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Periodical article Periodical article Leiden University catalogue Leiden University catalogue WorldCat catalogue WorldCat
Title:Négritude and the noble savage
Author:Steeves, Edna L.
Year:1973
Periodical:Journal of Modern African Studies
Volume:11
Issue:1
Pages:91-104
Language:English
Geographic term:Subsaharan Africa
Subjects:Negritude
literature (form)
Link:https://www.jstor.org/stable/159874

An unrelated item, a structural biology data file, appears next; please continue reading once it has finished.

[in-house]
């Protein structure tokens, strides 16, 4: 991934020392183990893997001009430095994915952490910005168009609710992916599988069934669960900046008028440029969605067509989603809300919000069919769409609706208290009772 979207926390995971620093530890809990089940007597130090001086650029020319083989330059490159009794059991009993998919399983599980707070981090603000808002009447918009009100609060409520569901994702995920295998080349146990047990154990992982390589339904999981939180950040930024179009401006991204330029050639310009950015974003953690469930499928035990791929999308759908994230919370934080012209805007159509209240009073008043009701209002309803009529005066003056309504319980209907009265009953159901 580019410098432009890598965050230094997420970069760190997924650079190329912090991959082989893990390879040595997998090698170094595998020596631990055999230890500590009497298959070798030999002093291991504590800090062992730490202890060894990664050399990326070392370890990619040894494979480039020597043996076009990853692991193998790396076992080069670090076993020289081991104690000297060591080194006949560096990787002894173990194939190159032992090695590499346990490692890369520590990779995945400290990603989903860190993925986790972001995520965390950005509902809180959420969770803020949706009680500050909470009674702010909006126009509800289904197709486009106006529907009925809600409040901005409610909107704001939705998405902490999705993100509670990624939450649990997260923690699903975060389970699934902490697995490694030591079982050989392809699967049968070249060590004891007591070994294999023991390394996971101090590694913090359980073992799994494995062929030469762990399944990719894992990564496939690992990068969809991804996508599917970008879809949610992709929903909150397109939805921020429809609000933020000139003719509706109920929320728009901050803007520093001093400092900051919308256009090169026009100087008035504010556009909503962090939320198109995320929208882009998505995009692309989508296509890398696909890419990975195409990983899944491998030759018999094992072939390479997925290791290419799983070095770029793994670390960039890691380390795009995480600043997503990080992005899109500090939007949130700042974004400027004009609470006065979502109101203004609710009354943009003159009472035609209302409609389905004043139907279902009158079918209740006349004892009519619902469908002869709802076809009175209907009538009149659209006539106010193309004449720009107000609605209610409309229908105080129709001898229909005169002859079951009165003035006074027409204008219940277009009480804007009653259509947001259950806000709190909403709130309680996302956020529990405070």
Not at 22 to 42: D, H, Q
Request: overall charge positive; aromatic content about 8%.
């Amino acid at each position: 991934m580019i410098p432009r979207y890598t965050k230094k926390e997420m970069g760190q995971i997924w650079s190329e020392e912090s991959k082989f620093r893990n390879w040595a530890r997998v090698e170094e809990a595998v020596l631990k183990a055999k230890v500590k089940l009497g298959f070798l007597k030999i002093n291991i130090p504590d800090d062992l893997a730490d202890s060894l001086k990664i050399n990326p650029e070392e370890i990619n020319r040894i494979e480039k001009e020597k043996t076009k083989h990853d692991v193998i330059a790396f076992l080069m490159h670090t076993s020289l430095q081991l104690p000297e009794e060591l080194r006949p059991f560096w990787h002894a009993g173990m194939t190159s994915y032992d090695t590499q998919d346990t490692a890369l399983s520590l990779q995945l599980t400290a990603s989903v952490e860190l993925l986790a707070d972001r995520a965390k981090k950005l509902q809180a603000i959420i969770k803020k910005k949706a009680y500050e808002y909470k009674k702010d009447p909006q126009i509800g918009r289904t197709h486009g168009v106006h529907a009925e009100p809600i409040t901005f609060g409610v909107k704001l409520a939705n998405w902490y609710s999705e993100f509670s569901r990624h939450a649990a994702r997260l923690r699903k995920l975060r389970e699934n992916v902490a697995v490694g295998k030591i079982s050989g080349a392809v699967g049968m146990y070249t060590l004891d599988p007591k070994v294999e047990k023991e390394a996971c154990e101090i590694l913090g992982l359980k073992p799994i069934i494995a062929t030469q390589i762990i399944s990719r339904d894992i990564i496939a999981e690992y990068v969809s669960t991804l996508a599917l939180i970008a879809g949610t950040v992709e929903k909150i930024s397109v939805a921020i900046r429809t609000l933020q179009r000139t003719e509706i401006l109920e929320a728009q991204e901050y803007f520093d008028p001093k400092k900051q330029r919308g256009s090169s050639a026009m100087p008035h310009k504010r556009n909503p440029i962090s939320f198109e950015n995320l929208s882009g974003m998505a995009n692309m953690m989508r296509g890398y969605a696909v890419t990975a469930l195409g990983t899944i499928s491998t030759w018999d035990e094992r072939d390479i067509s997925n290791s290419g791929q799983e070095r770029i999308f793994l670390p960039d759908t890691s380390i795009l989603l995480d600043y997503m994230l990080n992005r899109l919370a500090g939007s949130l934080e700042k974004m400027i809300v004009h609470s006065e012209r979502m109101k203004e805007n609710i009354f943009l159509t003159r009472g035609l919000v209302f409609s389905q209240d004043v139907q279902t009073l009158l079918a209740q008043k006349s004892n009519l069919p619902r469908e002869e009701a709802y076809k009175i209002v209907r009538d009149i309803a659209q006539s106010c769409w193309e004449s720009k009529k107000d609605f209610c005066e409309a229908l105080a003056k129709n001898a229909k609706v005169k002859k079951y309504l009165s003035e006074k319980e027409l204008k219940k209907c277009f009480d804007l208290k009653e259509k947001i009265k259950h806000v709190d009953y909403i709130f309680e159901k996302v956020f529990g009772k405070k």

Abstract:African literature stems from three cultures: the African, the Islamic-Arabic, and the 'Western'. Although these cultures overlap to some extent, there is a literature properly called Afro-Arab (from areas where African and Islamic cultures meet), and a literature that may be termed neo-African (where African and western cultures overlap). Within the second group are the writers who profess négritude. After defining the several meanings of négritude, the author demonstrates that the 'black is beautiful' conception - stressed by négritude - novel as it seemed to the founders of négritude, is really nothing very new and has, in fact, a long history in primitivistic thought. As early as the Renaissance, and particularly prominent in the 18th and early 19th century, the noble savage was a fascinating figure. Certain aspects of the cult of primitivism find their reflection today in the ideology of négritude. Négritude, as a political, social, and literary phenomenon is a phase of primitivism. Notes.
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